Thanks again,

  4. Brian Smith says:

    Thanks once again! I’m really liking this new rifle. It shoots 120 Nosler Bts / 37 gr of Benchmark in a cloverleaf at 100 yds. Any word on when/if brass will be available?


  5. gunwriter says:


    I have a call into Remington about brass. I’ll let you know what I hear. What velocity are you getting with 37 gr. Benchmark and the 125 Ballistic Tips? You can probably up that load a tad to break 2800 fps. A fun load for this rifle is the Sierra 110 gr. RN made for the .30 Carbine ahead of 37 gr. of H335. No recoil and plenty accurate for plinking and practice. My rifle shoots almost all loads to the same point of impact at 100 yards and this is very convenient.

  6. Brian Smith says:

    Well, the new Remington 30 AR proved itself in the deer woods this weekend. The 125 grain Nosler BT travelling at just under 2,800 FPS caught up to a 3×3 whitetail buck running up a slope. One shot just behind the near shoulder, through the lungs, and exiting the far shoulder did the trick. He was dead right there. I’m loving this modern sporting rifle! My 15 y/o son needs to pick up the reloading pace if he expects to get much trigger time. We have a lot of 150 Nosler and Speer bullets to play with before next season, although the 125 BT certainly did a number this time.

    Thanks for your help getting loads worked up for this rifle! Any word from Remington on brass? Not that my son minds shooting all of that UMC ammo so I can have empty brass. 🙂


    • gunwriter says:

      Just loaded up my deer loads two weeks ago. Went with a 150 AccuBond at a bit over 2500. Hope to poke it inside a whitetail this week. I think at 30 AR velocities the 125 BT is fine though. Same for the 125 AccuTip factory load.

      No word on brass. I’ll be hunting with the Rifle guy from Remington in two weeks. Hope to convince him to alter their model 7 to accept the 30 AR and a 6.5 and .35 rendition on this case. Would that not be a supper nice selection for a hunting rifle?

      Does your rifle shoot the UMC loads into itty bitty groups?

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  8. Brian Smith says:

    How was the trip? New rifle work ok? I’m playing with 150 gr Hornady SP and Nosler 150 BT. I have a bunch of Nosler 150 PT but i”m worried about them not expanding. Going to try some H335 this weekend. Any word on brass? Even the ammo is getting hard to find now.

    The UMC shots about .75 at 100 yds. Not too shabby for an AR!

    • gunwriter says:

      Took a nice bear with the .30 AR in the R 15 using a 150 Accubond.

      I think the Nosler Partitions would be fine out to around 250 yards. I doubt we will see brass for a while but I’ve loaded some cases five times with no problems.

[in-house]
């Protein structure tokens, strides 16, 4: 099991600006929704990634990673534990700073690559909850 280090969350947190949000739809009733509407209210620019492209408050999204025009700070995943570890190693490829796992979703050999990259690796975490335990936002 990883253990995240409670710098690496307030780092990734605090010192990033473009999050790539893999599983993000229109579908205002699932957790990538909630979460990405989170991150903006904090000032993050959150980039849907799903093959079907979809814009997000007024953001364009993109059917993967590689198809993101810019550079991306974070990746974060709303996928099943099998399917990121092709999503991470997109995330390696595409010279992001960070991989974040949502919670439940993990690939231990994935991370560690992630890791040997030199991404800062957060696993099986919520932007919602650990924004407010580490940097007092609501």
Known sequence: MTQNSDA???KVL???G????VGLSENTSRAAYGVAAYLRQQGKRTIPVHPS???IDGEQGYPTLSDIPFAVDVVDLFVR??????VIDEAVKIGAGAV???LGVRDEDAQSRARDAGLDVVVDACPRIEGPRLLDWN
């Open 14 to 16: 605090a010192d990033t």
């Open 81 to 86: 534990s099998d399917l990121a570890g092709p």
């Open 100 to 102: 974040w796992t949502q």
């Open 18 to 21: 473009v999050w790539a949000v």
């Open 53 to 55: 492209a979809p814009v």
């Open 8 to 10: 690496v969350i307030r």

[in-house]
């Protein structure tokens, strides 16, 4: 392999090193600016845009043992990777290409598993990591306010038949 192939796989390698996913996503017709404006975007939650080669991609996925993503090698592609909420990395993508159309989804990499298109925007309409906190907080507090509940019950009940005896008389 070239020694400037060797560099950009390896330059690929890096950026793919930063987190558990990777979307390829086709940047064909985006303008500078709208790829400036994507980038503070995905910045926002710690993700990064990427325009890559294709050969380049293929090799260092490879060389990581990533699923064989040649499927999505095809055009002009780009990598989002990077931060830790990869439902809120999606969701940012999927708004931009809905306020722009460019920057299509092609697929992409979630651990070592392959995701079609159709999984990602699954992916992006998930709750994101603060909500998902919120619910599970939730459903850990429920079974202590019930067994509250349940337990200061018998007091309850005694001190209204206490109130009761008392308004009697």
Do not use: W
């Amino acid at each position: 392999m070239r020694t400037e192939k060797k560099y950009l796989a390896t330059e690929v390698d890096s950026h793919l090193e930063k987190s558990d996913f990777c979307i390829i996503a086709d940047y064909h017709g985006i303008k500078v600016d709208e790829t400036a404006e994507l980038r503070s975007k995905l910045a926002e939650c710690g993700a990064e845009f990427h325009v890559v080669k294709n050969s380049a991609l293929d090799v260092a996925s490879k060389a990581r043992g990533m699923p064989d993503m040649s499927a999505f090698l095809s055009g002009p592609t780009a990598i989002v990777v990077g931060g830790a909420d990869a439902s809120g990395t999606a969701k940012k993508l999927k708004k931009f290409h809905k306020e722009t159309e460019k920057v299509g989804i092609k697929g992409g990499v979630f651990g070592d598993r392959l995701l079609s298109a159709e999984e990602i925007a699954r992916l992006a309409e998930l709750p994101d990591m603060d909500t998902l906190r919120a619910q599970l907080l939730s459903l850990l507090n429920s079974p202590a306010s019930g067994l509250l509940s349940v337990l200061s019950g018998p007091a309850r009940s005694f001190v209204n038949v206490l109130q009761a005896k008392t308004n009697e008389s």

That load shoots great out of my R 15 too. H335 does well in the .30 AR. Just tried some AA 2200 in a bolt gun today and velocities were high and accuracy was good.

      I’ll try to post the AA load data for the .30 Rem AR sometime today.

  9. Bob M. says:

    Does anyone have any .30 Remington AR brass for sale?? If so, I want to buy it.

  10. Michael B. Saari says:

    You guys are making me want one!
    Hows the trigger?

  11. Bob M. says:

    Ehhhh… its a factory AR trigger, it does the job but its not great. I swapped mine out for a timney 3 Lb. single stage. The timney trigger really makes this rifle great!

  12. Brian Smith says:

    First thing I did to mine was get a Timney from MidWAyUSA. I have a Remington VTR SS Varmint and it actually has a pretty decent trigger. Not sure why the AR 30’s was so bad.

    Is anyone getting bad casehead smear on their brass? Anyone find any brass, other than loaded ammo, yet?


  14. Bob M. says:

    I spoke with Remington this morning in regards to .30 Remington AR brass availability and the representative explained to me they have NO PLANS ON releasing brass to the retail market this year. This is a real kick in the pants if you ask me! I think I would have passed on this rifle if I would have known my only source of brass would be 1x fired slightly deformed casings from Remington ammo. She stated its a new product and its going to take some time to get the brass out there to the retailers because they are using all the brass for manufacturing factory ammunition. What a crock! I purchased ammo for this in August 2009 way rifle before the rifle was available. Rifles weren’t on the market until 3/2010, I would figure that 2 years should be enough time to get brass out to the hand loaders.

    • gunwriter says:

      I agree. Remington dropped the ball on the release and intro of this rifle and cartridge. I use it a lot in a bolt gun now but I have transitioned to the Wilson Combat 7.62×40 in the AR for something larger than a 223

  15. Brian Smith says:

    That does suck about the brass. I really wonder sometimes if the Remington execs are using a Magic 8-ball to make their decisions. I picked up two cases of FMJ ammo for a reasonable price. Still, I hate losing even a single piece of brass in the woods. For a buck a piece, they should have Weatherby or Lapua stamped on them…

  16. rocu says:

    It seems to me that one of these rifles with a red dot on it would be the perfect combination for the type of deer hunting I do. It would be sort of like a modern Winchester ’94. Unfortunately the high cost ($800 for an upper) and lack of support from Remington have kept me from putting one together.

    I think Remington could have a winner here if they get behind it and push.